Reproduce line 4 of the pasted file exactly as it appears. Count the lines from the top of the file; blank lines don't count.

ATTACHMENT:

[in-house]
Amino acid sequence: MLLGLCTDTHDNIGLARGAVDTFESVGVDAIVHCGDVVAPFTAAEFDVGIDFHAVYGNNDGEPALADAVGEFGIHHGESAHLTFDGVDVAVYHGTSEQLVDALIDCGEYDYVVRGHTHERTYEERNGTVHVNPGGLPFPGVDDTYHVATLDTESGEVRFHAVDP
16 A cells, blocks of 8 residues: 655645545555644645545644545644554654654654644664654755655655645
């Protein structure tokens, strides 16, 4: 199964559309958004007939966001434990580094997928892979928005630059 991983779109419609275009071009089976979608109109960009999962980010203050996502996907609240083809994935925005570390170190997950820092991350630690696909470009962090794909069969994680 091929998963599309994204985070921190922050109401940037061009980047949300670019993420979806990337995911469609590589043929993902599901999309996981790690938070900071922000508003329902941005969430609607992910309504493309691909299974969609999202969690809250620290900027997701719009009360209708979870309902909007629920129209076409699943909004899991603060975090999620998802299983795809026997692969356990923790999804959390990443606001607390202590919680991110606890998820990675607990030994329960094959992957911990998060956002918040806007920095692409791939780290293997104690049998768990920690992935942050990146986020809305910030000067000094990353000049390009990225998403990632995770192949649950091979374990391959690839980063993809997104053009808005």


């Protein structure tokens, strides 16, 4: 199964559309958004007939966001434990580094997928892979928005630059 991983779109419609275009071009089976979608109109960009999962980010203050996502996907609240083809994935925005570390170190997950820092991350630690696909470009962090794909069969994680 091929998963599309994204985070921190922050109401940037061009980047949300670019993420979806990337995911469609590589043929993902599901999309996981790690938070900071922000508003329902941005969430609607992910309504493309691909299974969609999202969690809250620290900027997701719009009360209708979870309902909007629920129209076409699943909004899991603060975090999620998802299983795809026997692969356990923790999804959390990443606001607390202590919680991110606890998820990675607990030994329960094959992957911990998060956002918040806007920095692409791939780290293997104690049998768990920690992935942050990146986020809305910030000067000094990353000049390009990225998403990632995770192949649950091979374990391959690839980063993809997104053009808005």